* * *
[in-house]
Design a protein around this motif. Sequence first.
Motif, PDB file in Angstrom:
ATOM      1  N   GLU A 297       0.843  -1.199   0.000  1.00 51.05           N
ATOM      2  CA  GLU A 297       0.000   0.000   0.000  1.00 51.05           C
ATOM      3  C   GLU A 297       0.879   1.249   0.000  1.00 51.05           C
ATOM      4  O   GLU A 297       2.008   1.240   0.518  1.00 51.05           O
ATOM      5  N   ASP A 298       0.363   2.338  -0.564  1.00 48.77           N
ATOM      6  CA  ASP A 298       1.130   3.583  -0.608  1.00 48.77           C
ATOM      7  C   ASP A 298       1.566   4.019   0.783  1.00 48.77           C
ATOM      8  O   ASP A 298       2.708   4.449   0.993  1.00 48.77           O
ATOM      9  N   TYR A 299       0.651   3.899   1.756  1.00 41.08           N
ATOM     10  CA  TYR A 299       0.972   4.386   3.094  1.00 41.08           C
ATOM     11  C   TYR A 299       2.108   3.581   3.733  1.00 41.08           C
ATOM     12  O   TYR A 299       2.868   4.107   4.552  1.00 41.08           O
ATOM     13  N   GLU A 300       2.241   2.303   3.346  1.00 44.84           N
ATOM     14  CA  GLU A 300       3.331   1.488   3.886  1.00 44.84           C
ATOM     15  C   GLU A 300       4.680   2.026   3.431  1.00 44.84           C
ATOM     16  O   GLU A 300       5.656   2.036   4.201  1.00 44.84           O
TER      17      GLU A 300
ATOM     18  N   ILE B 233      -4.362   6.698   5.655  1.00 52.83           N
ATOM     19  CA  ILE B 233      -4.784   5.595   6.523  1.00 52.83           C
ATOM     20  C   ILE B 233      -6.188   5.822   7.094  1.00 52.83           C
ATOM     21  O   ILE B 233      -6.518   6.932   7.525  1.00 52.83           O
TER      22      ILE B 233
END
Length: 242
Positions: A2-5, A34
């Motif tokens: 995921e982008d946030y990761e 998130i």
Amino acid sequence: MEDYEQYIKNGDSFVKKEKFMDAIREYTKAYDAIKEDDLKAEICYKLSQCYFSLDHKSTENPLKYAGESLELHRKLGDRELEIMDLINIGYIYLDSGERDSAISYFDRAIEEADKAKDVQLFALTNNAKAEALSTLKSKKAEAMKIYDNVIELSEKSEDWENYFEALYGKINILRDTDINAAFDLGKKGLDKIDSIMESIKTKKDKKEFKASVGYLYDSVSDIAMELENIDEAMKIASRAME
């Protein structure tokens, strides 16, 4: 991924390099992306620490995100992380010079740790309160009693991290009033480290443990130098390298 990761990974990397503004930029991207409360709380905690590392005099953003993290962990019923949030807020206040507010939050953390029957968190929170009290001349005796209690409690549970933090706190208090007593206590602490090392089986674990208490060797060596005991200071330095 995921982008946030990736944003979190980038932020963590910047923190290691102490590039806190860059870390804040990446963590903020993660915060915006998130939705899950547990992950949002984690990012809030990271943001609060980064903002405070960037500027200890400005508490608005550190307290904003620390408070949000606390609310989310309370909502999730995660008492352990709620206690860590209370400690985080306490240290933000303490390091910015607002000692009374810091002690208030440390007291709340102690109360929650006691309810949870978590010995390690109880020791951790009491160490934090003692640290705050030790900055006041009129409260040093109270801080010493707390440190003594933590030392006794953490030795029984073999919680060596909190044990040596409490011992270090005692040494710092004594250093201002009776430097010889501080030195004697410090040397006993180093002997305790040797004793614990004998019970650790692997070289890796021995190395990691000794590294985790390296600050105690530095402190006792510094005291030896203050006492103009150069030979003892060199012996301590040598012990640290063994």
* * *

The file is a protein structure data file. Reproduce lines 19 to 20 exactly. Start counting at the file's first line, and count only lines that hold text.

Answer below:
ATOM     16  O   GLU A 300       5.656   2.036   4.201  1.00 44.84           O
TER      17      GLU A 300